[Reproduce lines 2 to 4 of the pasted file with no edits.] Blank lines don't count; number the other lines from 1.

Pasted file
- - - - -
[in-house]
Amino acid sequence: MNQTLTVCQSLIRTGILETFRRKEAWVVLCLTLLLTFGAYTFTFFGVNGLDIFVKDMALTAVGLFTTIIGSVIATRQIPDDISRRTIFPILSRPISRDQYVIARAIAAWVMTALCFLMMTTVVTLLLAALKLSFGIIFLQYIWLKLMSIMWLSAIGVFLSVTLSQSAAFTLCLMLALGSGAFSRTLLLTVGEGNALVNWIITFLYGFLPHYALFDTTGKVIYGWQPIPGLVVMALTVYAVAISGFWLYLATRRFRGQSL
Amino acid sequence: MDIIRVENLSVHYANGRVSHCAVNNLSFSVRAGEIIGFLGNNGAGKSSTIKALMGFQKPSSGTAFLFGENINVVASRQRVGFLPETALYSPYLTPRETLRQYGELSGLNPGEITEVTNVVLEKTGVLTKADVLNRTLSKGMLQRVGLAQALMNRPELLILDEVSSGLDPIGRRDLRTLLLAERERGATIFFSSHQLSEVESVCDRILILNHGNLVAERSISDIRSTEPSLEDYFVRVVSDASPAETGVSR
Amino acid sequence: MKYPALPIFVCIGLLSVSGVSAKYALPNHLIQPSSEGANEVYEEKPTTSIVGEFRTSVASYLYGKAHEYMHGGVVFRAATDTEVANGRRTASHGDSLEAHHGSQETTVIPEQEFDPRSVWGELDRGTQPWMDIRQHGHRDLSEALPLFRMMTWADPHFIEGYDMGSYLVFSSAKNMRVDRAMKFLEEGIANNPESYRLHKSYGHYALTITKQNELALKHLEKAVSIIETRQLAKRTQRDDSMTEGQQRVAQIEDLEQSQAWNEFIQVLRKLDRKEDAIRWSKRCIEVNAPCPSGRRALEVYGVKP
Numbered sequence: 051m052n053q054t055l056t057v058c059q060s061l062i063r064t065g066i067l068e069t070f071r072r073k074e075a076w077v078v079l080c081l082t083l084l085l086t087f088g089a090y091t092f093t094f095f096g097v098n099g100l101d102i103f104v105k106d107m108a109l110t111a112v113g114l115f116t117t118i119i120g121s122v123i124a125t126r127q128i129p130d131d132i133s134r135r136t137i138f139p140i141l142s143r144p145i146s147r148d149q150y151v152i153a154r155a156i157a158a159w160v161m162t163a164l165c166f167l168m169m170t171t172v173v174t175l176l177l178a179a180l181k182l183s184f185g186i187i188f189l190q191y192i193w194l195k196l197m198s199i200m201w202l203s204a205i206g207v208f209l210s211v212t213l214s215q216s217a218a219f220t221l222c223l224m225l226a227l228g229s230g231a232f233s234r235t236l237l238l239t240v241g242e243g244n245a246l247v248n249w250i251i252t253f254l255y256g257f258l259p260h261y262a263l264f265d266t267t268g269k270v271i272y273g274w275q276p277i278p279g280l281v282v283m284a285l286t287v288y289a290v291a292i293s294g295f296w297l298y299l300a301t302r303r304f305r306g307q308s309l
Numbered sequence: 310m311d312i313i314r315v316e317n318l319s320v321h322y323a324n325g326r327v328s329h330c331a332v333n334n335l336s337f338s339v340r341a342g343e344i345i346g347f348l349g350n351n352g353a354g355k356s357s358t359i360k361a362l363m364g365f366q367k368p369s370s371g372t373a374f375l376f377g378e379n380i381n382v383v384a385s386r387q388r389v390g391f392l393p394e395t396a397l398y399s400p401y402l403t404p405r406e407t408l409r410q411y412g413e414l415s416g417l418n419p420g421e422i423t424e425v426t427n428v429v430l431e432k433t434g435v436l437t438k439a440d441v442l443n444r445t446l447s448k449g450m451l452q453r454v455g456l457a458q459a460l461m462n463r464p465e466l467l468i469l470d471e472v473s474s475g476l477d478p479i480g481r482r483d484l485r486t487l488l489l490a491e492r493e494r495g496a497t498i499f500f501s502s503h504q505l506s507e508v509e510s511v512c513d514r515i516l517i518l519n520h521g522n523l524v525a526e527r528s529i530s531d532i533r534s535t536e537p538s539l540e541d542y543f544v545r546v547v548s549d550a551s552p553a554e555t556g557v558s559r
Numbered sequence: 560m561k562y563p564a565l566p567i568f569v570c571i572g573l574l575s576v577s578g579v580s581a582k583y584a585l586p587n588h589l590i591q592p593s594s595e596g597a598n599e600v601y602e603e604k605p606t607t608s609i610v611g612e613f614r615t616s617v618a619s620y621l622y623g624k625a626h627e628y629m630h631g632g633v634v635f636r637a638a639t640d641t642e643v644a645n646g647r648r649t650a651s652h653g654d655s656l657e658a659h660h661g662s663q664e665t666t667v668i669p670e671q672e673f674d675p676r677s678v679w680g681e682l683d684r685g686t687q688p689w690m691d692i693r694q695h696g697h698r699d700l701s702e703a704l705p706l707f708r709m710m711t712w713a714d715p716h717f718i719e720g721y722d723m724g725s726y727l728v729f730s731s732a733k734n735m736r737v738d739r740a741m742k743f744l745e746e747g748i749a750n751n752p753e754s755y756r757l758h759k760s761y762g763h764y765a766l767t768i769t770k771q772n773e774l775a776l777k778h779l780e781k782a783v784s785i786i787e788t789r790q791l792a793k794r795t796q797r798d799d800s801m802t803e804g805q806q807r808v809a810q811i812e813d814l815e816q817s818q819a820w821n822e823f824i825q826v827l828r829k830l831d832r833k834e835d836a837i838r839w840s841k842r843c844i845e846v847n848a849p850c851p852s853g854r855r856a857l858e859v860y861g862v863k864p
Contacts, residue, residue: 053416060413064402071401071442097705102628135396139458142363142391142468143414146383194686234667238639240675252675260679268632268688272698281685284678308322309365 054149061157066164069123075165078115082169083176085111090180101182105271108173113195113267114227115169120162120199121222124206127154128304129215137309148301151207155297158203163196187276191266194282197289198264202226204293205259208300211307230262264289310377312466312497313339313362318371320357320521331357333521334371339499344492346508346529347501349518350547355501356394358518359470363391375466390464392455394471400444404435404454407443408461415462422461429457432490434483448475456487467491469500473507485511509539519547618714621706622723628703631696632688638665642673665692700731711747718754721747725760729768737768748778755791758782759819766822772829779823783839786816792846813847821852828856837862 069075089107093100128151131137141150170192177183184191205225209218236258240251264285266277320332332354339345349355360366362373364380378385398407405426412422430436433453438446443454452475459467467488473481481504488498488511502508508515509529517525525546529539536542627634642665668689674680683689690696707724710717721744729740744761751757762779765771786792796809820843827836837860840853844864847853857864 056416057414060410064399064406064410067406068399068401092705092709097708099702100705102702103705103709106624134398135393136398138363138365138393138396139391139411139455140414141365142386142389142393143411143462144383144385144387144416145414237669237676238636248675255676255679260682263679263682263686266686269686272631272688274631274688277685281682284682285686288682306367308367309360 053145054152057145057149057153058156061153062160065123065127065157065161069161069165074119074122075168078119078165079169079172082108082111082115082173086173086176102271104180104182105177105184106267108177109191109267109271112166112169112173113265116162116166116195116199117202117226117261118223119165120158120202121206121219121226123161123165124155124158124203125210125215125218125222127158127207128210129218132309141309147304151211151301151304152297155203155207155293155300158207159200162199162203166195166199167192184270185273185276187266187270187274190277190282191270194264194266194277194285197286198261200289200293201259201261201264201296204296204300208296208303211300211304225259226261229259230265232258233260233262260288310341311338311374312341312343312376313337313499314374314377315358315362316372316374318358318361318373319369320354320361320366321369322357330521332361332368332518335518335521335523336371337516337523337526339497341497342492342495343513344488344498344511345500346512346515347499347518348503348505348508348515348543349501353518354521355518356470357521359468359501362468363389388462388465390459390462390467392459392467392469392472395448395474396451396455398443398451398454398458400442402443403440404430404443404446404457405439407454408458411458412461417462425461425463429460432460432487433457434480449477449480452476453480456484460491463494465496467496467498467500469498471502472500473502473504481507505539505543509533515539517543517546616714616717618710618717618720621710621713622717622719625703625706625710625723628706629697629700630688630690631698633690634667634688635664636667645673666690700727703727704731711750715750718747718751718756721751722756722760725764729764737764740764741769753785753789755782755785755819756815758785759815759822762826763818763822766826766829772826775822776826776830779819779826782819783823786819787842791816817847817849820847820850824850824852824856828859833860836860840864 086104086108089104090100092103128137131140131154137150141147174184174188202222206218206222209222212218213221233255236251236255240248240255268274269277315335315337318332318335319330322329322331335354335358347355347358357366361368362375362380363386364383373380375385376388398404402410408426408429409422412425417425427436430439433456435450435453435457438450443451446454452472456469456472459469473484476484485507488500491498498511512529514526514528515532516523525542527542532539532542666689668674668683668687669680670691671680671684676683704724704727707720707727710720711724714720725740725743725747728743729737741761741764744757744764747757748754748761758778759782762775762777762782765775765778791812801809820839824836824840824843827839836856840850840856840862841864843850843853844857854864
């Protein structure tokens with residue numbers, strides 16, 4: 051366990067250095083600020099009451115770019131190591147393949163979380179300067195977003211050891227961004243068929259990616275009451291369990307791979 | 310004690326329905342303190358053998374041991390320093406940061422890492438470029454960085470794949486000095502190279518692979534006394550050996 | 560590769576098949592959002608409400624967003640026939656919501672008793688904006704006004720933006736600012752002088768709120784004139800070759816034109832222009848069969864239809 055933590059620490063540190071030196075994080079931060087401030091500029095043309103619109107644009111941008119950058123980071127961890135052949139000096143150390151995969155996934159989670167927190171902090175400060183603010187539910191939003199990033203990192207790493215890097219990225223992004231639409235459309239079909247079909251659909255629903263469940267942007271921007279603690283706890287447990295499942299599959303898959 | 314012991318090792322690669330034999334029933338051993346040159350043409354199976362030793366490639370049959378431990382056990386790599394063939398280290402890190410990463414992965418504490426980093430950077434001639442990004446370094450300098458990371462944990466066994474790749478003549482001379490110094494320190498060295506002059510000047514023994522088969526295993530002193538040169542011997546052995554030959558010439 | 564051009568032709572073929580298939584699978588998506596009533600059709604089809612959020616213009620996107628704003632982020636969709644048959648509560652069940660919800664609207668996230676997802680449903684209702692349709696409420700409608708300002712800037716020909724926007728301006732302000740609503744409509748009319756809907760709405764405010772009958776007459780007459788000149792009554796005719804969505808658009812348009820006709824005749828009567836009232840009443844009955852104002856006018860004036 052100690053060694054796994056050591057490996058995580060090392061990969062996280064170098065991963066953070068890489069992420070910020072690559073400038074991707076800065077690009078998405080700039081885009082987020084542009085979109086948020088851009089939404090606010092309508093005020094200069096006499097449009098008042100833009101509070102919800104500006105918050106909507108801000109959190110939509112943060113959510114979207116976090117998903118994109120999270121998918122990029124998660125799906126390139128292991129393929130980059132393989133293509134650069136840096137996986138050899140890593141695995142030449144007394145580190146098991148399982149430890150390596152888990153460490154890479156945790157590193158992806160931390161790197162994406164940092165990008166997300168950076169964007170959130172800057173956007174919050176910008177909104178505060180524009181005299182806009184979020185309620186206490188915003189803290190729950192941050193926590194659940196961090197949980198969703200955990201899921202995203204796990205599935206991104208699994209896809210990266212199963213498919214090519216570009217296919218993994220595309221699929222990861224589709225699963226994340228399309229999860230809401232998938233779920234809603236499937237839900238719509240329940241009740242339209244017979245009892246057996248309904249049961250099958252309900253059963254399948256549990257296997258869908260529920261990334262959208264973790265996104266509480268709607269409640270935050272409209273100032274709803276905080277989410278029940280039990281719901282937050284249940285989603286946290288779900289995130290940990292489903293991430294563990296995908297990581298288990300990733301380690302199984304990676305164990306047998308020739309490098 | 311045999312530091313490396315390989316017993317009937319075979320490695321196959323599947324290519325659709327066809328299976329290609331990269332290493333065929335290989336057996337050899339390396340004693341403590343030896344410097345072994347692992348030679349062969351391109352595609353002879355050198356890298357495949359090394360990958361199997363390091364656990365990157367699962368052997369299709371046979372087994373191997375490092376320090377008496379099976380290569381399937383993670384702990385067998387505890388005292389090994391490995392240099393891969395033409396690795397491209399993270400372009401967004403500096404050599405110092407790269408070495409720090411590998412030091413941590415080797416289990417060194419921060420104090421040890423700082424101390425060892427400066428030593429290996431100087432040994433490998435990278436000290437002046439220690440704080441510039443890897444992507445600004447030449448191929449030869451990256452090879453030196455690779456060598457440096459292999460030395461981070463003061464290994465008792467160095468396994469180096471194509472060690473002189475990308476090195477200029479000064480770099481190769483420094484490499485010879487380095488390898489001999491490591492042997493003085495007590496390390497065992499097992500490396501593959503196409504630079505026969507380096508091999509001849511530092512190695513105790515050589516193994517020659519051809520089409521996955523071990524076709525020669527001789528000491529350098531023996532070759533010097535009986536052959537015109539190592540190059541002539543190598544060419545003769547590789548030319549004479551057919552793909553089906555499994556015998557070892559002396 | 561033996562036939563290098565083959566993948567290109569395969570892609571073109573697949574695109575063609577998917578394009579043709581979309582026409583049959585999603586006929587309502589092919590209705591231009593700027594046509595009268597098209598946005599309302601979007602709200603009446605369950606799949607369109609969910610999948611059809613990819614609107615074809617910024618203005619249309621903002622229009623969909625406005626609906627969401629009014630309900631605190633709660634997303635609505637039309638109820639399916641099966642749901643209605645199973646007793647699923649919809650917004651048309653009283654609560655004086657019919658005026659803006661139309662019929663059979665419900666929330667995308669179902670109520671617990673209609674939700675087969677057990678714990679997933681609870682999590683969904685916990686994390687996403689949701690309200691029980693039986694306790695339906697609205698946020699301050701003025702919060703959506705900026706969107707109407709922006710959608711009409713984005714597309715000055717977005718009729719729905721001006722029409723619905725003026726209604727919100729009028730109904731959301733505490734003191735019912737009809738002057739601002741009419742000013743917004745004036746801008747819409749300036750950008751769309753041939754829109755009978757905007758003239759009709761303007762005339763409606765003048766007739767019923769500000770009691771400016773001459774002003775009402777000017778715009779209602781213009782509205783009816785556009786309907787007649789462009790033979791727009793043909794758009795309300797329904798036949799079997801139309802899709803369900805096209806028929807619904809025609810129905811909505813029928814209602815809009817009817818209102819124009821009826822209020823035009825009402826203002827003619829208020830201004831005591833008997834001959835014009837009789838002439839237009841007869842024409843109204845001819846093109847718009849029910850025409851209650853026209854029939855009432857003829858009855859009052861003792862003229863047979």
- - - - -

Amino acid sequence: MNQTLTVCQSLIRTGILETFRRKEAWVVLCLTLLLTFGAYTFTFFGVNGLDIFVKDMALTAVGLFTTIIGSVIATRQIPDDISRRTIFPILSRPISRDQYVIARAIAAWVMTALCFLMMTTVVTLLLAALKLSFGIIFLQYIWLKLMSIMWLSAIGVFLSVTLSQSAAFTLCLMLALGSGAFSRTLLLTVGEGNALVNWIITFLYGFLPHYALFDTTGKVIYGWQPIPGLVVMALTVYAVAISGFWLYLATRRFRGQSL
Amino acid sequence: MDIIRVENLSVHYANGRVSHCAVNNLSFSVRAGEIIGFLGNNGAGKSSTIKALMGFQKPSSGTAFLFGENINVVASRQRVGFLPETALYSPYLTPRETLRQYGELSGLNPGEITEVTNVVLEKTGVLTKADVLNRTLSKGMLQRVGLAQALMNRPELLILDEVSSGLDPIGRRDLRTLLLAERERGATIFFSSHQLSEVESVCDRILILNHGNLVAERSISDIRSTEPSLEDYFVRVVSDASPAETGVSR
Amino acid sequence: MKYPALPIFVCIGLLSVSGVSAKYALPNHLIQPSSEGANEVYEEKPTTSIVGEFRTSVASYLYGKAHEYMHGGVVFRAATDTEVANGRRTASHGDSLEAHHGSQETTVIPEQEFDPRSVWGELDRGTQPWMDIRQHGHRDLSEALPLFRMMTWADPHFIEGYDMGSYLVFSSAKNMRVDRAMKFLEEGIANNPESYRLHKSYGHYALTITKQNELALKHLEKAVSIIETRQLAKRTQRDDSMTEGQQRVAQIEDLEQSQAWNEFIQVLRKLDRKEDAIRWSKRCIEVNAPCPSGRRALEVYGVKP